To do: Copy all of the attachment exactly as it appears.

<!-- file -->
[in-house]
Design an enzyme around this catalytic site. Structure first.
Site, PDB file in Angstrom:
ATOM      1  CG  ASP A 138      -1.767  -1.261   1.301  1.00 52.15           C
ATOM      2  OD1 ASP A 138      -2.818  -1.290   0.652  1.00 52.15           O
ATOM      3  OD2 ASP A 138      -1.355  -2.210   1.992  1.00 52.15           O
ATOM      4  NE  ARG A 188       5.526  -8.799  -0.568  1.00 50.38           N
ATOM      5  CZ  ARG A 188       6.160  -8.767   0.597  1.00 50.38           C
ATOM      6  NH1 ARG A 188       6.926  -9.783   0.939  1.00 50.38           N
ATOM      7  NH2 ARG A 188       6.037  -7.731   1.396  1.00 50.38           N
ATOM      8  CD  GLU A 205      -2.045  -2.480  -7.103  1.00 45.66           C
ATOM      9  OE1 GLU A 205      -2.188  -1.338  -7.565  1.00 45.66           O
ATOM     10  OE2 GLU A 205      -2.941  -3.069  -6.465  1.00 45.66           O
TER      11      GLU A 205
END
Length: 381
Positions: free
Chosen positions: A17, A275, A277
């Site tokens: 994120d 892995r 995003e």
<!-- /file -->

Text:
[in-house]
Design an enzyme around this catalytic site. Structure first.
Site, PDB file in Angstrom:
ATOM      1  CG  ASP A 138      -1.767  -1.261   1.301  1.00 52.15           C
ATOM      2  OD1 ASP A 138      -2.818  -1.290   0.652  1.00 52.15           O
ATOM      3  OD2 ASP A 138      -1.355  -2.210   1.992  1.00 52.15           O
ATOM      4  NE  ARG A 188       5.526  -8.799  -0.568  1.00 50.38           N
ATOM      5  CZ  ARG A 188       6.160  -8.767   0.597  1.00 50.38           C
ATOM      6  NH1 ARG A 188       6.926  -9.783   0.939  1.00 50.38           N
ATOM      7  NH2 ARG A 188       6.037  -7.731   1.396  1.00 50.38           N
ATOM      8  CD  GLU A 205      -2.045  -2.480  -7.103  1.00 45.66           C
ATOM      9  OE1 GLU A 205      -2.188  -1.338  -7.565  1.00 45.66           O
ATOM     10  OE2 GLU A 205      -2.941  -3.069  -6.465  1.00 45.66           O
TER      11      GLU A 205
END
Length: 381
Positions: free
Chosen positions: A17, A275, A277
């Site tokens: 994120d 892995r 995003e």